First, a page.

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The CDC Issued a New Order effective August 3rd, 2021

August 05, 2021 11:31 PM | Anonymous

The CDC Issued a New Order effective August 3rd, 2021

The U.S. Centers for Disease and Control (CDC) issued a new [narrower and targeted] order effective August 3rd, 2021 temporarily halting evictions in counties with heightened levels of community transmission in order to respond to recent, unexpected developments in the trajectory of the COVID-19 pandemic, including the rise of the Delta variant. It is intended to target specific areas of the country where cases are rapidly increasing, which likely would be exacerbated by mass evictions. Accordingly, subject to the limitations under "Applicability," a landlord, owner of a residential property, or other person with a legal right to pursue eviction or possessory action, shall not evict any covered person from any residential property in any county or U.S. territory while the county or territory is experiencing substantial or high levels of community transmission of SARS-Co V -2. This order is effective through October 3, 2021.


Where Does It Apply?

This Order applies in U.S. counties experiencing substantial and high levels of community transmission levels of SARS-CoV-2 as defined by CDC, as of August 3, 2021. If a U.S. county that is not covered by this Order as of August 3, 2021 later experiences substantial or high levels of community transmission while this Order is in effect, then that county will become subject to this Order as of the date the county begins experiencing substantial or high levels of community transmission. If a U.S. county that is covered by this Order no longer experiences substantial or high levels of community transmission for 14 consecutive days, then this Order will no longer apply in that county, unless and until the county again experiences substantial or high levels of community transmission while this Order is in effect.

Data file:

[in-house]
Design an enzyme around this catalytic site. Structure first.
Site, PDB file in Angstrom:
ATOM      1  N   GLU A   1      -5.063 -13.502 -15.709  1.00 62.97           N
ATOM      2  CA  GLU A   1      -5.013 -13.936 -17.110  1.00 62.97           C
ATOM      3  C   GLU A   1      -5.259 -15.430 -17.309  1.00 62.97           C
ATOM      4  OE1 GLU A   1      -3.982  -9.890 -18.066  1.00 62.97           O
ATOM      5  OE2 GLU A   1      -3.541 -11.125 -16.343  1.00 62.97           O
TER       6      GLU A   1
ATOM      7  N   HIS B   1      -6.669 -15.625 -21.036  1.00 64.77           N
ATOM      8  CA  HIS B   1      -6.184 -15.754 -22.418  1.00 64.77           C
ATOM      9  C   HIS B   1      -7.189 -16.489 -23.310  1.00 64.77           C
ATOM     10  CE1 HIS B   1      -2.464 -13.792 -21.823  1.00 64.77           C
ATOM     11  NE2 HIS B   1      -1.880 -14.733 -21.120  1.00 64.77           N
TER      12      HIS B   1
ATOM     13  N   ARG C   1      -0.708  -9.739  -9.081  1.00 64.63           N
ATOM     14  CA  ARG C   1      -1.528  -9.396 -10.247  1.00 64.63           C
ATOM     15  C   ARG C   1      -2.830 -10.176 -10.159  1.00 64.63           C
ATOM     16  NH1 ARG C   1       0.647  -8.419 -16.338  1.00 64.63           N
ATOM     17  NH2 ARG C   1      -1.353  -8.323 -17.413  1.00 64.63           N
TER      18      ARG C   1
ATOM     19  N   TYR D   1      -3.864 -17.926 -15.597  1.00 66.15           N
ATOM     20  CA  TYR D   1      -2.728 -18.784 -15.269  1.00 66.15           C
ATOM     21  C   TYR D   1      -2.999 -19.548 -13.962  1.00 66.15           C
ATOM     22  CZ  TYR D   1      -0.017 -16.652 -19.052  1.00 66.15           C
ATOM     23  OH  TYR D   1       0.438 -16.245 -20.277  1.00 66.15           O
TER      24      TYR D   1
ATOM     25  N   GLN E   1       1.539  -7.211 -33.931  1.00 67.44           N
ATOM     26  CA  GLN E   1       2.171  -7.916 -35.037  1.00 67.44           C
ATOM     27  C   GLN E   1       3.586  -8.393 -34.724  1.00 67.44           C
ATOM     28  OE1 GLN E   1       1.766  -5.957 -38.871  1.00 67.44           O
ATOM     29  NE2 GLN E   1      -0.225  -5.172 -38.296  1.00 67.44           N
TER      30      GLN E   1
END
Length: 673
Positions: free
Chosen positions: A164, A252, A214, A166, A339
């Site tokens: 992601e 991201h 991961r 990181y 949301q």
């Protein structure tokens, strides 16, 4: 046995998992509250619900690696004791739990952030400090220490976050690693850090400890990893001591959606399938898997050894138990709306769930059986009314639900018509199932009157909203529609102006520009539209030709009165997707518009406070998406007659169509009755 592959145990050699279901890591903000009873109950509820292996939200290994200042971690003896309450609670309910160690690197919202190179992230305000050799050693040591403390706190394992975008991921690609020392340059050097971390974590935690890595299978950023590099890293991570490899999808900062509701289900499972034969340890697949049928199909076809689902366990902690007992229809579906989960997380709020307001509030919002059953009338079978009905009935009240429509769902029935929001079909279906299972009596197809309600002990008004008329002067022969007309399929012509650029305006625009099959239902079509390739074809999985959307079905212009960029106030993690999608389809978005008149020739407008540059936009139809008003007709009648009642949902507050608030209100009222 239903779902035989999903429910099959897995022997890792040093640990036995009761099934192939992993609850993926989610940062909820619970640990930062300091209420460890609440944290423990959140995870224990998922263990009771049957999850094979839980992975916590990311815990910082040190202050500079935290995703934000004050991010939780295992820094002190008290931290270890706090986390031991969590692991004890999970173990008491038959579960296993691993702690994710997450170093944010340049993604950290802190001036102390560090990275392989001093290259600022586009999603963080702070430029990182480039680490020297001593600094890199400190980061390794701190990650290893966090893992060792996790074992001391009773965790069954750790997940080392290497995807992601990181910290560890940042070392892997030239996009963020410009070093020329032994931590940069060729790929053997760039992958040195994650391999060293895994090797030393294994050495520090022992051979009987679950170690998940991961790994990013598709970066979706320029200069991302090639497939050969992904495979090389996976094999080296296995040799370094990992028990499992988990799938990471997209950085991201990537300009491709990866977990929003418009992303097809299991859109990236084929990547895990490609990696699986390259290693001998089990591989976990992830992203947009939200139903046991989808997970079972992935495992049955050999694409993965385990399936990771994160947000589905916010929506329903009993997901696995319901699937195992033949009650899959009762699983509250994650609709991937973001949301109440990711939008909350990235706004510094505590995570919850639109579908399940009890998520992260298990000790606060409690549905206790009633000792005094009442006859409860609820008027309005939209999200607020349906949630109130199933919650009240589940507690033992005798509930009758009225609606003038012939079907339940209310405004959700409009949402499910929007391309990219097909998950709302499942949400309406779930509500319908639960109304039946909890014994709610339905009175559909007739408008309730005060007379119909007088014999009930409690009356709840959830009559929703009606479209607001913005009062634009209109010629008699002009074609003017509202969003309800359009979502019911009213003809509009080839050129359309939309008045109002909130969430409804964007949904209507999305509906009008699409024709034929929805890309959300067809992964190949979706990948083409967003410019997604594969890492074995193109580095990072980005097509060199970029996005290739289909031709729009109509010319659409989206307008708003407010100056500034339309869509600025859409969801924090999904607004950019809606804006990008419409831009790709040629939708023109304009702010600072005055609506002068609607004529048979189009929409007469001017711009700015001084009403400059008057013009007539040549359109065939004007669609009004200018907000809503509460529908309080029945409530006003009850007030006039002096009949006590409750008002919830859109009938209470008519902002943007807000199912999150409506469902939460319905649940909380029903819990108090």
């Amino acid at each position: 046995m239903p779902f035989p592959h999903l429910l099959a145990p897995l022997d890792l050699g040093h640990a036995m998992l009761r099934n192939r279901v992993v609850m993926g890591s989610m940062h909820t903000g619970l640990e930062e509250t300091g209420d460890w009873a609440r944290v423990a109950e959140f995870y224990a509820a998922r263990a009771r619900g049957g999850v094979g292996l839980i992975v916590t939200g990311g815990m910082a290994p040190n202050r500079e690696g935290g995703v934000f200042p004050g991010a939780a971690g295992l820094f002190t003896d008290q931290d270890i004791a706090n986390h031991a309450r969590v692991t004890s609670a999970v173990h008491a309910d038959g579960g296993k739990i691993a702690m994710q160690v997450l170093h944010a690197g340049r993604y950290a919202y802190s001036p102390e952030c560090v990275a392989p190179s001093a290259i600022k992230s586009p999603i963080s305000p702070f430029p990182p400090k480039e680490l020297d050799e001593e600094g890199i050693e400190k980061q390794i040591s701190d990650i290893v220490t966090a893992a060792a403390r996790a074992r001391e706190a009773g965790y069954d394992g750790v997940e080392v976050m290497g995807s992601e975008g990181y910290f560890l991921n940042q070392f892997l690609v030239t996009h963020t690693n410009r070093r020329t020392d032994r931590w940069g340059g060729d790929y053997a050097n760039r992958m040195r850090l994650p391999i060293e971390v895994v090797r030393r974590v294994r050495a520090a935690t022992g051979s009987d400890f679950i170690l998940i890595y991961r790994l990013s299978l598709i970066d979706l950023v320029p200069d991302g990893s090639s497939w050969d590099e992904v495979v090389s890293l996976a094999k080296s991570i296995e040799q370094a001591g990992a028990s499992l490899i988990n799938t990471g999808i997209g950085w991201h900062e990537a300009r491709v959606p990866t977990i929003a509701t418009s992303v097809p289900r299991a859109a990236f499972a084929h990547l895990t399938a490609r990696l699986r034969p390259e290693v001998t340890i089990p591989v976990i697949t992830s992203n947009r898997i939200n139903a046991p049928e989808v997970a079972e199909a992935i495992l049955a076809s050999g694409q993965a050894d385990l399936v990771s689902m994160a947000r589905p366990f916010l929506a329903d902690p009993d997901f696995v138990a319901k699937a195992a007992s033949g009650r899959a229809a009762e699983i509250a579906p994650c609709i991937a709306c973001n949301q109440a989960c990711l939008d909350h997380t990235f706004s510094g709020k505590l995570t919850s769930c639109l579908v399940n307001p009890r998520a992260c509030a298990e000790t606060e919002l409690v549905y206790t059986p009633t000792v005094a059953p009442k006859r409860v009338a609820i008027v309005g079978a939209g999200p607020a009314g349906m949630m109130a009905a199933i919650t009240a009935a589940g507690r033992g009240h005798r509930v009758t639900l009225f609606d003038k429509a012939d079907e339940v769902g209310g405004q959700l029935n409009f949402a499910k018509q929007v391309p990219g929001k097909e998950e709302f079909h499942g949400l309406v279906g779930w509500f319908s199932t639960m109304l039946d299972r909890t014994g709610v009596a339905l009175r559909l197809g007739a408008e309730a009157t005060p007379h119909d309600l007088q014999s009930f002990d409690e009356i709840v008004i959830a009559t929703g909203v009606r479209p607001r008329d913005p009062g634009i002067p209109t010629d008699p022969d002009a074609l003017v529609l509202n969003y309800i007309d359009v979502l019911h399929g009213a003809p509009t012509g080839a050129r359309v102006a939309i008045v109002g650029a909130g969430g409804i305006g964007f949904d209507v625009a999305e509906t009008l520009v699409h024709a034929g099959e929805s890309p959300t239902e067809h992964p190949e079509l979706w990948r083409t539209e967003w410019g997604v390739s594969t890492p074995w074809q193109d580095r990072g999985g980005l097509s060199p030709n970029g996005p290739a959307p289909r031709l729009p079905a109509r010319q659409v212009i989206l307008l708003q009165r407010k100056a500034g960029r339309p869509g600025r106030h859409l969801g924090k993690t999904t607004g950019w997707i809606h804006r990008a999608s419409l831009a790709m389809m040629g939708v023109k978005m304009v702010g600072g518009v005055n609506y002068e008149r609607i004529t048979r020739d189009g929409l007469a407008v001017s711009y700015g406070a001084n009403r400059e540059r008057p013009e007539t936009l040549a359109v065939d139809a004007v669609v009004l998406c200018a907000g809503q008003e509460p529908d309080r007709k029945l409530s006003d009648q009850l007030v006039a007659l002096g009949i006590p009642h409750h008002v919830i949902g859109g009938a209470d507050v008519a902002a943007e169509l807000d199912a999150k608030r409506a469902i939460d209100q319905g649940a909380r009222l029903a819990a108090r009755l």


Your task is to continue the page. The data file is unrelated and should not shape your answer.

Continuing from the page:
This Order does not apply in any state, local, territorial, or tribal area with a moratorium on residential evictions that provides the same or greater level of public-health protection than the requirements listed in this Order or to the extent its application is prohibited by Federal court order. In accordance with 42 U.S.C. 264(e), this Order does not preclude state, local, territorial, and tribal authorities from imposing additional requirements that provide greater public-health protection and are more restrictive than the requirements in this Order.

 

What Does the CDC Order Say?

This Order is a temporary eviction moratorium to prevent the further spread of COVID-19. This Order does not relieve any individual of any obligation to pay rent, make a housing payment, or comply with any other obligation that the individual may have under a tenancy, lease, or similar contract. Nothing in this Order precludes the charging or collecting of fees, penalties, or interest as a result of the failure to pay rent or other housing payment on a timely basis, under the terms of any applicable contract.

Nothing in this Order precludes evictions based on a tenant, lessee, or resident: (1) Engaging in criminal activity while on the premises; (2) threatening the health or safety of other residents; (3) damaging or posing an immediate and significant risk of damage to property; ( 4) violating any applicable building code, health ordinance, or similar regulation relating to health and safety; or (5) violating any other contractual obligation, other than the timely payment of rent or similar housing-related payment (including non-payment or late payment of fees, penalties, or interest).

Any evictions for nonpayment of rent initiated prior to issuance of this Order but not yet completed, are subject to this Order. Any tenant, lessee, or resident of a residential property who previously submitted a Declaration, still qualifies as a "Covered Person" and is still present in a rental unit is entitled to protections under this Order. Any eviction that was completed before issuance of this Order including from August 1 through August 3, 2021 is not subject to this Order, as it does not operate retroactively.